Heckmann has an eight-year-old daughter and a five-year-old son. “They love insects to eat and explore. We are having insect pasta tonight — 20 per cent of the dough is cricket. It’s delicious.” I try the dough.
Could cricket pasta be the answer to the world’s appetite for protein that isn’t meat? One company that should know is Barilla, the world’s largest pasta manufacturer, based in Parma, Italy. Its factory just outside the city produces 1,000 tonnes of pasta every day, and is so large that maintenance workers cycle the length of the 150m-long production lines to get to their next job.
The company is four years older than Arla, founded in 1877; it is still majority-owned and run by the Barillas, one of Italy’s richest families. They are acutely aware that some consumers are falling out of love with Italy’s national dish. Mintel calculates that pasta sales in Italy fell 2 per cent every year between 2011 and 2015. “Refined carbohydrates are really in the firing line,” says food analyst Clifford. “Plant-based protein is the new killer trend.” Protein derived from pulses or soy has become more popular, either in snacks or added to other food. (Late last year, Warburtons launched a range of “protein bread” using chickpea and pea flour as well as wheat.)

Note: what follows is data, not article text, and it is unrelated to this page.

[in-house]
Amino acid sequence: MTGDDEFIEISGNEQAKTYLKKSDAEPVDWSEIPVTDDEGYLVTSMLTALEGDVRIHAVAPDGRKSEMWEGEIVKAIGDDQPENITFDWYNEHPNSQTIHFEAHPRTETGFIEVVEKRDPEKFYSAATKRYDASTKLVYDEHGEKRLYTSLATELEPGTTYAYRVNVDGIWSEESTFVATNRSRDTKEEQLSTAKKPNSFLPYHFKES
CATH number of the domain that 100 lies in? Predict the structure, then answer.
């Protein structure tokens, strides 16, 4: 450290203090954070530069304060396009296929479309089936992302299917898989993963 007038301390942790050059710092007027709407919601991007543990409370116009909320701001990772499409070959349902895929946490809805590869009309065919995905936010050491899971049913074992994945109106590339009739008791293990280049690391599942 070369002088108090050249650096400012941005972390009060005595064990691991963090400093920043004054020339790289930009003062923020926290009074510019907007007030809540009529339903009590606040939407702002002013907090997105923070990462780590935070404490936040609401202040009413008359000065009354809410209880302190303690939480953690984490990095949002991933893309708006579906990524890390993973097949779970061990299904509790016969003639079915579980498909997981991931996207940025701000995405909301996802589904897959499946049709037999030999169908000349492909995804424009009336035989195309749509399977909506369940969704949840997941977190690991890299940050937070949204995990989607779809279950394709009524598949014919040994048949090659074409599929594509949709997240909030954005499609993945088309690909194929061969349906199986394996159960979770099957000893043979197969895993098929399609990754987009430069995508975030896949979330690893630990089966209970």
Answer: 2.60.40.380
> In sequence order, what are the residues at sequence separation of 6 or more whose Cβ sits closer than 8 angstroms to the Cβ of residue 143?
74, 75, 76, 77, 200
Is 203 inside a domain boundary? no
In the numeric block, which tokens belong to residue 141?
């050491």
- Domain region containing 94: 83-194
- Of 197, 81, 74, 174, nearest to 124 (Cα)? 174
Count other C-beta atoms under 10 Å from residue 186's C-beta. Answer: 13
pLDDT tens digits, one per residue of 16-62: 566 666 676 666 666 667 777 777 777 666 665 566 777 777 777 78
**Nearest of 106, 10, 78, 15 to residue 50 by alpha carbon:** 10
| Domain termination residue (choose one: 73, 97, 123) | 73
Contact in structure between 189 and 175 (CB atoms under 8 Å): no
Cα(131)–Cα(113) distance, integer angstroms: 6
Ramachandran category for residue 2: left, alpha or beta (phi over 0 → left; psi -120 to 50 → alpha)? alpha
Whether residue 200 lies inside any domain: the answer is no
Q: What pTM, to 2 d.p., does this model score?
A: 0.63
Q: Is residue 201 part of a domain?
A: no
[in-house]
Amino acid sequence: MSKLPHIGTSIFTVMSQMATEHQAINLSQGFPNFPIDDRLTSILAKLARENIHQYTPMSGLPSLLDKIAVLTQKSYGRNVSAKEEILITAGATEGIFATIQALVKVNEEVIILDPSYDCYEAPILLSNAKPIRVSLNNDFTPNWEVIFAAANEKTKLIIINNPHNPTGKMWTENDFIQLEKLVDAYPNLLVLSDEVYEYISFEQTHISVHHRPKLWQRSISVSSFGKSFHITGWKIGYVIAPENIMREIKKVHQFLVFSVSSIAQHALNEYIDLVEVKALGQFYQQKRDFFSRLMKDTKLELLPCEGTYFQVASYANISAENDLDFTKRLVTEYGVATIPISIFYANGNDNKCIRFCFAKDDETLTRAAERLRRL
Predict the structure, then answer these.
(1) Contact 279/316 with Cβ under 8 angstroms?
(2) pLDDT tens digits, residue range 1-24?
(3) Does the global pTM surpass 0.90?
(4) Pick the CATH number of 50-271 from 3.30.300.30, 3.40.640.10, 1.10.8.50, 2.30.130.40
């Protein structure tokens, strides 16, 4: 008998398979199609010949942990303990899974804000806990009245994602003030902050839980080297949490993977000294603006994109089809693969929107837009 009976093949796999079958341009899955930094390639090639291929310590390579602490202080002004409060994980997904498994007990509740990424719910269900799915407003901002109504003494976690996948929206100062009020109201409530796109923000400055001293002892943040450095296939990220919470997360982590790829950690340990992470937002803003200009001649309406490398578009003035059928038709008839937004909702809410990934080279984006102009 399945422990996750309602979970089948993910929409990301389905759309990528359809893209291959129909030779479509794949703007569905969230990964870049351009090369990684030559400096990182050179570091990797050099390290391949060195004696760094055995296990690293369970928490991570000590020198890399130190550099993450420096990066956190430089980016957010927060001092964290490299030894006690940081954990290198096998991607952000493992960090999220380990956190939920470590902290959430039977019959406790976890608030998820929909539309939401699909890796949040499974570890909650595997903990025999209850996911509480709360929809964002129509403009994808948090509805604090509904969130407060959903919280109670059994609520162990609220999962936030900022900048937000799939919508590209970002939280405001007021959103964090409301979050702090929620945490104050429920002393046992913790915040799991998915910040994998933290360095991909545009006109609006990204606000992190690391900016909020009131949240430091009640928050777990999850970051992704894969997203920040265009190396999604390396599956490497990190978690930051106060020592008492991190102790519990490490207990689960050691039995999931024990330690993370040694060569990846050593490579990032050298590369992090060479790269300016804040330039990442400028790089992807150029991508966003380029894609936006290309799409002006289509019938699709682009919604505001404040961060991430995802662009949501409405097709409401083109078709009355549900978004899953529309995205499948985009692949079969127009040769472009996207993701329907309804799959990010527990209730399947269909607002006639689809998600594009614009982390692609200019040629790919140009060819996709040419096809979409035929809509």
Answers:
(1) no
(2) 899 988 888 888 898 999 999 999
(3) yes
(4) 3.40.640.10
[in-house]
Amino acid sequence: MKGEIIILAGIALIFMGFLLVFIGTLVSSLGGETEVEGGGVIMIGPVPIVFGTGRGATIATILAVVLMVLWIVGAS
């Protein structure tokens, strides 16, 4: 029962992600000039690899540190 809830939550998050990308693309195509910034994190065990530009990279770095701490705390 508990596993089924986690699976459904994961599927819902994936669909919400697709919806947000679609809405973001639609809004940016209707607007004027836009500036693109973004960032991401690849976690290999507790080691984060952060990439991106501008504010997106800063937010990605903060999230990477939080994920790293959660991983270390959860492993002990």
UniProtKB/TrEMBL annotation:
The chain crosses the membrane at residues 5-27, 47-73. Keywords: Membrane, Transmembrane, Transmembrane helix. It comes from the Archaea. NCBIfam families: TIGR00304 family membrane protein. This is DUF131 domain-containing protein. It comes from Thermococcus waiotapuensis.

Paolo Barilla, 56, is the vice-chairman of the company, and an ex-Formula One driver (he won Le Mans in 1985). “Historically, one family sat together around a table, with one big bowl of salad, or pasta, or meat: it was one thing for everybody,” he says, sitting in his office overlooking the factory. A large Picasso hangs on the wall. “But a family is no longer a family — there are more individuals at the table. That’s why pasta sales are down: people do not have the same habits as before.”